Born in Cleveland, Ohio, Cecile Gray graduated from Syracuse University where she won the graduate fellowship in painting. After she moved to New York, for several years she worked out of her apartment confining herself largely to woodcuts--mainly portraits of friends and animals. During this period  she was both student and teacher to herself. She was married  to the late classical composer Irwin Bazelon,
Bazelon began showing at the prestigious Robert Schoelkopf Gallery in Manhattan  after spending a summer on a fellowship with her husband at Yaddo, the artists’ colony in Saratoga Springs, New York.  After three solo shows there, she exhibited at the Abe Sachs Gallery in Manhattan, which was subsequently purchased  by Katharina Rich Perlow with whom she showed  until 1996. Her last solo show was at the Ezair Gallery in Manhattan in 2008.

Bazelon’s work has been described as surreal, Precisionist, hard-edged, as well as elegant and dislocating. A defining aesthetic in her paintings is the stylistic manipulation of space, often using wide-angle perspective to delineate  her many images of the New York skyline, resulting in a striking series of conceptual  viewpoints. This technique also delineates New York City interiors. 
Author Don DeLillo, commenting on her 1988 show at the Katharina Rich Perlow Gallery in New York City, wrote: “Bazelon hints at a depth beyond the plotted geometries.  Deceptively calm, still, fixed, her work suggests a meditation of missing persons, on characters who have strayed out of the frame. The nuance is one of loss.  The balanced richness and precision of these paintings isolate themselves around an ancient grace. They help us to see more deeply.”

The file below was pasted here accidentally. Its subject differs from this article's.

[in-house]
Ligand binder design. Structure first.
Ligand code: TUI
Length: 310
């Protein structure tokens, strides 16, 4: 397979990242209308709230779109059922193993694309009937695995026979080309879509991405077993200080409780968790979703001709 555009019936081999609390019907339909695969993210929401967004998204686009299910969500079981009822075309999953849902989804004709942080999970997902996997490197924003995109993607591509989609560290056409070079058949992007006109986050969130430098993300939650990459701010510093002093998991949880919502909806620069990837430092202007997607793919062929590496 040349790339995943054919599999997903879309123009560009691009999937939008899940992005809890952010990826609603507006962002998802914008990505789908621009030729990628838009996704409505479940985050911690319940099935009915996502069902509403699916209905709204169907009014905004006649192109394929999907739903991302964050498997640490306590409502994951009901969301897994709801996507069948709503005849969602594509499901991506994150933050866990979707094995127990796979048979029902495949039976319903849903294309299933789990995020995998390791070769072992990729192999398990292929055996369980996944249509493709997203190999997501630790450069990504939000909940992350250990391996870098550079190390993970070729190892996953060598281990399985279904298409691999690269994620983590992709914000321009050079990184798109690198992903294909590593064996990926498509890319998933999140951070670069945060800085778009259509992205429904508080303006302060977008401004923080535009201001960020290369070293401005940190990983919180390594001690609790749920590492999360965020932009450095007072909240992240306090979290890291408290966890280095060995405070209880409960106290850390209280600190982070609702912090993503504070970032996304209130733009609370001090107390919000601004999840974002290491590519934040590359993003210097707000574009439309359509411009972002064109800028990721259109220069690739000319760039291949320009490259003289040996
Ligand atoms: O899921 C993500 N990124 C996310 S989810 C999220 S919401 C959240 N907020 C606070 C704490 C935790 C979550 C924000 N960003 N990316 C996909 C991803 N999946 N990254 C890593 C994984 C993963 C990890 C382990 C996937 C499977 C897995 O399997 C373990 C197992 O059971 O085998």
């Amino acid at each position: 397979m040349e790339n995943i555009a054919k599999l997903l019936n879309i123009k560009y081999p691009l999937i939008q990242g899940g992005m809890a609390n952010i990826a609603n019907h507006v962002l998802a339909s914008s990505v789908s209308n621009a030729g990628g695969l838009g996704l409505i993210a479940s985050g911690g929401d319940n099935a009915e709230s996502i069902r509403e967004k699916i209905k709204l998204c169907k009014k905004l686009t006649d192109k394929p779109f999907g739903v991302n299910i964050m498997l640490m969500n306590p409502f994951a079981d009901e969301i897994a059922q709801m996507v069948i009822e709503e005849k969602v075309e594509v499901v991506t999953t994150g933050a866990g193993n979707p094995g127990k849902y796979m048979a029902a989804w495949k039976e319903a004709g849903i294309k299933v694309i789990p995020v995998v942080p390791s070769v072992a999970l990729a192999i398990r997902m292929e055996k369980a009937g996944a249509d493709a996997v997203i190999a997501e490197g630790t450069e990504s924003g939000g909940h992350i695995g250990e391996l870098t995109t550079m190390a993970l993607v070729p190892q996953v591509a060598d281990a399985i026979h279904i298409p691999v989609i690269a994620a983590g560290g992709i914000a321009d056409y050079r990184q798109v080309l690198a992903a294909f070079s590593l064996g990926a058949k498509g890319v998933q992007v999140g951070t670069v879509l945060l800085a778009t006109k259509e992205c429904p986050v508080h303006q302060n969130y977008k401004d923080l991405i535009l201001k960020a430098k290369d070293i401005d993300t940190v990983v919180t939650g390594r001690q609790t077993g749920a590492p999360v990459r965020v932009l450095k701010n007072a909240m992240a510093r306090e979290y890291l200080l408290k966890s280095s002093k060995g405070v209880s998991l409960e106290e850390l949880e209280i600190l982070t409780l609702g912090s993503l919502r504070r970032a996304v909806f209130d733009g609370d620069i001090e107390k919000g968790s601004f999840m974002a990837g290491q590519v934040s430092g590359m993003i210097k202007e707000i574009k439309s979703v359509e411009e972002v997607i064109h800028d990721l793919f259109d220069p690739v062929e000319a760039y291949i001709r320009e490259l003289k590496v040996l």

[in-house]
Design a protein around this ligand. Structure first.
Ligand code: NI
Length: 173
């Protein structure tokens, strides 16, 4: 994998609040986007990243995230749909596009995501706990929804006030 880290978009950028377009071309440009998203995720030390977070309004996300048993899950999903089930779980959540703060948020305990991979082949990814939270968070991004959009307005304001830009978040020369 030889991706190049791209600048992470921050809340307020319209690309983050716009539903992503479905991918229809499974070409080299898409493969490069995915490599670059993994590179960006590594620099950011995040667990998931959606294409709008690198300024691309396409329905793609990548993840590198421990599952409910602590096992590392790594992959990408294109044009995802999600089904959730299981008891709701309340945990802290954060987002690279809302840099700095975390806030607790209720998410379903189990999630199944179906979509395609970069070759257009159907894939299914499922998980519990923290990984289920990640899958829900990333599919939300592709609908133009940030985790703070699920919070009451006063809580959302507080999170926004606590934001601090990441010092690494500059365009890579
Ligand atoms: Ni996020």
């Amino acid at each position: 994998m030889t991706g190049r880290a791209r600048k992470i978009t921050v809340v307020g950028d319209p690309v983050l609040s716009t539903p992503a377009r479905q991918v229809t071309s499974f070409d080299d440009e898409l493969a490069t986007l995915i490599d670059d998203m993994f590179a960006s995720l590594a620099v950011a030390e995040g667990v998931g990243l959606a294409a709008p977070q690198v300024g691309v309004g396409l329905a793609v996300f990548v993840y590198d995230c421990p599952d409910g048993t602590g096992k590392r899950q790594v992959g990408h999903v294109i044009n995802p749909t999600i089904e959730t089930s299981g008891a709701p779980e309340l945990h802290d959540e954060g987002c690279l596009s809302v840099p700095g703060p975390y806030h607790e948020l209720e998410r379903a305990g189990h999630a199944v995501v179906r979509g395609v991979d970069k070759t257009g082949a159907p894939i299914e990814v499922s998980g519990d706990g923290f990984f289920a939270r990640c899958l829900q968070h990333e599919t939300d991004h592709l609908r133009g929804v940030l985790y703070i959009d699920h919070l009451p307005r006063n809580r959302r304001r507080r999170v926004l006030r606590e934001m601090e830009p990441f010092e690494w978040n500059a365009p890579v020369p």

Since she focuses on painting her environment, Bazelon’s work shifts from New York cityscapes and interiors to countryscapes in the Hamptons, where she also maintains a studio. Her idiosyncratic details of architecture and perspective, even in her landscapes, distinguish her from many other artists who have mined the Hampton terrain.
Rarely are there people inhabiting Bazelon’s paintings, even in an ongoing series of artists in their studios. Paradoxically in these scenes it is the studio environment that is the true focus of the composition rather than the painter, who becomes a relatively small detail within its confines
A few years ago, however, she did a series of oversized portraits of women on circular or oval canvases.  Called “The Ages of Woman” the youngest sitter was two and the oldest was eighty. While they are exacting head portraits, they have ornamental and decorative backgrounds usually reserved for her border painting,
In an essay for the artist’s 2008 catalogue, Michael Kubovy, University of Virginia Psychology Professor and eminent art authority wrote, “Bazelon often tries to undermine the suspension of disbelief that is so easily triggered by realistic paintings.  She does this in two ways: by using frames and by subverting the representation…by imperfecting it…Bazelon engages in misdirection, the key to successful magic tricks.  She seduces the spectator by the appeal of both surface and subject, while ineffably violating our expectations. The result is a sense of being thrown off balance by a realistic representation of an uncanny world--but we can’t see how.”
Bazelon herself says, “In recent years I have done a series of refracted paintings, breaking up the large spaces into fractured forms so that the subject is recognizable but a little off kilter, as is life—a little off kilter.”